BUTTIGIEG: Yes, they’re going out of their way to protect this president, as if they have forgotten that, when the story is written of their time in power and in office, this is probably going to be the first sentence of it.

Look, there’s a — I think a lot of reason to believe that, deep down, many of these senators know better, but the only language they seem to respond to is political power.


And so I think the only shockwave that will reunite them with their conscience is a thumping at the ballot box for Donald Trump and those who supported him.

That’s why it is so important right now, beginning tomorrow evening here in Iowa, that we have a candidate, a nominee, a campaign that can deliver, that can bring together that American majority that is ready for something completely different from a presidency like Donald Trump’s.

TAPPER: Well, let’s talk about something completely different, because you have been talking about Vice President Biden in terms of what he offers vs. what somebody newer like yourself does.

Take a listen.


BUTTIGIEG: I have seen Vice President Biden making the case that we cannot afford to take a risk on somebody new right now.

I believe, at a time like this, the risk we cannot afford to take is to turn to the same Washington mind-set that has brought us to this point, and expect that to work against a president like Donald Trump.


TAPPER: It sounds like you do not expect that, if Vice President Biden gets the nomination, that he will be able to beat President Trump.

BUTTIGIEG: Well, I certainly think that I am better positioned to beat Donald Trump than any of my competitors.


TAPPER: Do you think Biden can win?

BUTTIGIEG: What’s that?

TAPPER: Do you think Biden can win, can beat Trump?

BUTTIGIEG: Look, I’m going to support the nominee of my party. And I’m hoping that it will be me.

TAPPER: But I’m not asking that.

I’m asking, do you think he can do it? Do you think he can beat Trump? Or is he going to — will turnout not be sufficient?

BUTTIGIEG: Here’s my concern.

If you look at the lessons of history, over the last-half century, every time that we have won, every time my party has won the White House, it has been with a candidate who is new in national politics, who doesn’t work in Washington or at least hadn’t been there very long, and who was opening the door to a new generation of leadership.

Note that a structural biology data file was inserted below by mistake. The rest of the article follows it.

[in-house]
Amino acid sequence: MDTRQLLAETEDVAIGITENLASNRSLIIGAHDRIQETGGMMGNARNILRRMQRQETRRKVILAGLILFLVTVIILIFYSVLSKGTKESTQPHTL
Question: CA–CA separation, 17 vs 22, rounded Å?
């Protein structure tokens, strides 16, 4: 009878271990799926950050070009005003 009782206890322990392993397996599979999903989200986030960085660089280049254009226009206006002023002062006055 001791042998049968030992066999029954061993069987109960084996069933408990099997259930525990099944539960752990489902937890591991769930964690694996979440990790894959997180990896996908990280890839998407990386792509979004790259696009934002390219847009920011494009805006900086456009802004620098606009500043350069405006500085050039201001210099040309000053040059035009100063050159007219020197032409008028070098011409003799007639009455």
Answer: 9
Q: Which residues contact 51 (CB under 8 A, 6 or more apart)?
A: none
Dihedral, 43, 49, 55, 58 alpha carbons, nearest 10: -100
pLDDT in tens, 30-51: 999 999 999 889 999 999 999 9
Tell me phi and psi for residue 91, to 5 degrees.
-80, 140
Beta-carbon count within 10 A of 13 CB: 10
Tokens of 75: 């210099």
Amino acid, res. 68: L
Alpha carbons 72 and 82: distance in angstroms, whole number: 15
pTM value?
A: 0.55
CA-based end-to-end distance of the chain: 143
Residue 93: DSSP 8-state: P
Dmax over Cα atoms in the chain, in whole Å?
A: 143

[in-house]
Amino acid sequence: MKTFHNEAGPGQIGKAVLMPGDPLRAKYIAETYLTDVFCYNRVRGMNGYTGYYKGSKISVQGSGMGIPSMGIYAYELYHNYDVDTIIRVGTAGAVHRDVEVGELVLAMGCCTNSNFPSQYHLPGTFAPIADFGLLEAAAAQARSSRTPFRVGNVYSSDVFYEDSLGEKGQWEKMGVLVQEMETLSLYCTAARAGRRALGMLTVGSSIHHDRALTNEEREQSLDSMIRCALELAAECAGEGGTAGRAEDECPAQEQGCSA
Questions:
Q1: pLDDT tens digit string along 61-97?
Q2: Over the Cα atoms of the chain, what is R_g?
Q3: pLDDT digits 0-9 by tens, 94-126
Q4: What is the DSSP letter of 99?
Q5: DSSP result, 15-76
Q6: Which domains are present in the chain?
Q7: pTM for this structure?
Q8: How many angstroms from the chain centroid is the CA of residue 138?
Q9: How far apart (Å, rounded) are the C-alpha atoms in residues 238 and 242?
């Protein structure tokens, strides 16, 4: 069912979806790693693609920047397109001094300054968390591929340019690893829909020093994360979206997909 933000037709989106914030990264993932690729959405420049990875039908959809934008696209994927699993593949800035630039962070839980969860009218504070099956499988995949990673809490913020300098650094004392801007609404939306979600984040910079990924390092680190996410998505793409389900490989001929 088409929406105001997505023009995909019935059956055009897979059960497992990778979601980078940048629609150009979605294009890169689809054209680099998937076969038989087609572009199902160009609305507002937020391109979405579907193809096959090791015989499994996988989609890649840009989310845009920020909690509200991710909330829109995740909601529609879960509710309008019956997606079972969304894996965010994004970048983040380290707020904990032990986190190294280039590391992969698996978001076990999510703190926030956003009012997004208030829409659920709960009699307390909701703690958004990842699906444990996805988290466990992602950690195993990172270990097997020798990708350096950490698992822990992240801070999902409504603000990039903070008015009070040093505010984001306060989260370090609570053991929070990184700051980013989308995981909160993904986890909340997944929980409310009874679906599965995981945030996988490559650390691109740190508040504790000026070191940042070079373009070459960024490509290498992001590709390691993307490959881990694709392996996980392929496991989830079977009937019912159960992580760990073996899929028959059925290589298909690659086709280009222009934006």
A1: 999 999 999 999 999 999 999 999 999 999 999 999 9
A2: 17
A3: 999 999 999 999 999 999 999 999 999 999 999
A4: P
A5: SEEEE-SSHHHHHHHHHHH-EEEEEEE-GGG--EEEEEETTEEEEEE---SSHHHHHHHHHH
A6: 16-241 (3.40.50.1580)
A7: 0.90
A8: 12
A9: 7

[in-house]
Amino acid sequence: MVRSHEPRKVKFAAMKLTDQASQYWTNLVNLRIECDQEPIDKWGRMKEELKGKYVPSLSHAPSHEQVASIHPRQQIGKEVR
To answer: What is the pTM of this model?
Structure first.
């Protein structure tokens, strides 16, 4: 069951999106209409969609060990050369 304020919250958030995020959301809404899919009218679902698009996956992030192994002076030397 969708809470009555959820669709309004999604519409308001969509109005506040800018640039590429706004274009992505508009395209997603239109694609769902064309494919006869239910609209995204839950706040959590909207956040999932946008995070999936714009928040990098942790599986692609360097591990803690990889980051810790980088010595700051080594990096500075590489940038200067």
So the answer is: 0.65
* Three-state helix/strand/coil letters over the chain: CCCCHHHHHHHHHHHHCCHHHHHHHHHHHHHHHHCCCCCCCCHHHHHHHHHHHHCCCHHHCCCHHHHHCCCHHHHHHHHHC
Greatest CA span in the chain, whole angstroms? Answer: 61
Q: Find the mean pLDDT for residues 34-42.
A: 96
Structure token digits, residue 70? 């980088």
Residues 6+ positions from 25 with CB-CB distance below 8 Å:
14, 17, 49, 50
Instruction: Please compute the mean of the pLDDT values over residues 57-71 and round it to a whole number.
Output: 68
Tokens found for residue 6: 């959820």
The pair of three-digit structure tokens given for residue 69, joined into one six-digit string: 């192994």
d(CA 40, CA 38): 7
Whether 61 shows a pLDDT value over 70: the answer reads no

I think that’s… (CROSSTALK)

TAPPER: Carter, Clinton, Obama.


TAPPER: They’re fresh — fresher faces.

BUTTIGIEG: That is the best way to win.

And at a moment like this, why we — why would we take a chance on anything else? Let’s put together the best campaign to beat Donald Trump.

TAPPER: Speaking of taking a chance, your campaign also sent out an e-mail this week warning your supporters about the fact that Bernie Sanders is rising the polls.

It said that — quote — “Bernie is surging.” And it added — quote — “We have to beat Donald Trump. And we cannot risk nominating a candidate who cannot.”

Why can’t Bernie Sanders beat Donald Trump?

BUTTIGIEG: Look, I think a politics that says that you’re either for status quo or you’re for revolution leaves most Americans out.

Most of the people I’m talking to are on board with big changes. As a matter of fact, one of the historic facts about America today is, for example, we have a strong American majority that is ready to see the public sector step up and ensure there’s no such thing as an uninsured American, just not crazy about the idea of kicking people off their private plans.

And it’s one example of issue after issue where we have a chance to energize a powerful majority. We can’t afford to polarize it at a moment like this.

And it’s just not true that you would have to choose between the status quo or a total revolution. There’s another way. And that other way happens to be what most Democrats and what most Americans want.

TAPPER: So, you think Bernie Sanders would lose to Trump, because he’s too revolutionary?

BUTTIGIEG: I think that — I think that I would have a better chance of defeating Donald Trump.

TAPPER: Well, in terms of bringing people in, you have been struggling — we have talked about this before — over your ability to win over voters of color.